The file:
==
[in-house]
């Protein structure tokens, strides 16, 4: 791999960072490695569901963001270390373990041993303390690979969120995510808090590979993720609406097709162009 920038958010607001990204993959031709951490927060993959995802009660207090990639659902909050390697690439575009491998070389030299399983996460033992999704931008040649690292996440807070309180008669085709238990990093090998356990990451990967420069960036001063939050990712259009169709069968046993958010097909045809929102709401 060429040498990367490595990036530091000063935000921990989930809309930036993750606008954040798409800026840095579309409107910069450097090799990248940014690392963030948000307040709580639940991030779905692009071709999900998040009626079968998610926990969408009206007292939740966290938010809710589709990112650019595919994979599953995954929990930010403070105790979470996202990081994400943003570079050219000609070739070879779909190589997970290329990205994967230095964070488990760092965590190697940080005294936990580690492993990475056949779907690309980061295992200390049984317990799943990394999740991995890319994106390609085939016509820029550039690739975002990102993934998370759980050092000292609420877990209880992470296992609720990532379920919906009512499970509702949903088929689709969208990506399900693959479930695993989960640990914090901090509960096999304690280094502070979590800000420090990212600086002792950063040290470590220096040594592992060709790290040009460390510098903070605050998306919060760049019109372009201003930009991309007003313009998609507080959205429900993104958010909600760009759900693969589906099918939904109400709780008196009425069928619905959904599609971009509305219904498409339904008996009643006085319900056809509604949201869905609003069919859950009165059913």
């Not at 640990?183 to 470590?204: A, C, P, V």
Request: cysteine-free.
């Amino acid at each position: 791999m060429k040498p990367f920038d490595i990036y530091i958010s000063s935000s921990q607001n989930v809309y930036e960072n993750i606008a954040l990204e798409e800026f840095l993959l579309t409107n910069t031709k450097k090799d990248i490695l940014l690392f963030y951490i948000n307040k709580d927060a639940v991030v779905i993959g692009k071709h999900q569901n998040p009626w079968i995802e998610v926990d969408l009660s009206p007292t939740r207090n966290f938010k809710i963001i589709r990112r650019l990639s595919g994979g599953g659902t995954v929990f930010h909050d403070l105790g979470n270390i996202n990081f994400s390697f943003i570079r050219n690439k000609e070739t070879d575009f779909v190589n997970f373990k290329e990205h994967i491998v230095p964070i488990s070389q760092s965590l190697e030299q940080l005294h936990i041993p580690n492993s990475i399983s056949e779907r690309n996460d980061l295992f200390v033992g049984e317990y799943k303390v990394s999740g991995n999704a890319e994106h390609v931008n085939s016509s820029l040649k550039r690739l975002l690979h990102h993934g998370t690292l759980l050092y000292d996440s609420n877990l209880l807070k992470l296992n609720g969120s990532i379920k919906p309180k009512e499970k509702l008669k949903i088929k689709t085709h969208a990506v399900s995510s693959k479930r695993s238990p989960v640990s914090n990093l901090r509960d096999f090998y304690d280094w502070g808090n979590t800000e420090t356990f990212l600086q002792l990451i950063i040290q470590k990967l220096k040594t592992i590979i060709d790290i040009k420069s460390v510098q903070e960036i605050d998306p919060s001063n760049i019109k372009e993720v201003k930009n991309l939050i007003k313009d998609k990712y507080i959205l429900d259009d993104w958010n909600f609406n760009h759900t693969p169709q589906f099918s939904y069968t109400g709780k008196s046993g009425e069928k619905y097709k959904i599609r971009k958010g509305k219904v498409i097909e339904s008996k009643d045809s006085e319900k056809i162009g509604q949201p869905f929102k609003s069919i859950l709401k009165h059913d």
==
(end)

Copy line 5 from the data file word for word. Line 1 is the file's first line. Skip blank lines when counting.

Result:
């Amino acid at each position: 791999m060429k040498p990367f920038d490595i990036y530091i958010s000063s935000s921990q607001n989930v809309y930036e960072n993750i606008a954040l990204e798409e800026f840095l993959l579309t409107n910069t031709k450097k090799d990248i490695l940014l690392f963030y951490i948000n307040k709580d927060a639940v991030v779905i993959g692009k071709h999900q569901n998040p009626w079968i995802e998610v926990d969408l009660s009206p007292t939740r207090n966290f938010k809710i963001i589709r990112r650019l990639s595919g994979g599953g659902t995954v929990f930010h909050d403070l105790g979470n270390i996202n990081f994400s390697f943003i570079r050219n690439k000609e070739t070879d575009f779909v190589n997970f373990k290329e990205h994967i491998v230095p964070i488990s070389q760092s965590l190697e030299q940080l005294h936990i041993p580690n492993s990475i399983s056949e779907r690309n996460d980061l295992f200390v033992g049984e317990y799943k303390v990394s999740g991995n999704a890319e994106h390609v931008n085939s016509s820029l040649k550039r690739l975002l690979h990102h993934g998370t690292l759980l050092y000292d996440s609420n877990l209880l807070k992470l296992n609720g969120s990532i379920k919906p309180k009512e499970k509702l008669k949903i088929k689709t085709h969208a990506v399900s995510s693959k479930r695993s238990p989960v640990s914090n990093l901090r509960d096999f090998y304690d280094w502070g808090n979590t800000e420090t356990f990212l600086q002792l990451i950063i040290q470590k990967l220096k040594t592992i590979i060709d790290i040009k420069s460390v510098q903070e960036i605050d998306p919060s001063n760049i019109k372009e993720v201003k930009n991309l939050i007003k313009d998609k990712y507080i959205l429900d259009d993104w958010n909600f609406n760009h759900t693969p169709q589906f099918s939904y069968t109400g709780k008196s046993g009425e069928k619905y097709k959904i599609r971009k958010g509305k219904v498409i097909e339904s008996k009643d045809s006085e319900k056809i162009g509604q949201p869905f929102k609003s069919i859950l709401k009165h059913d």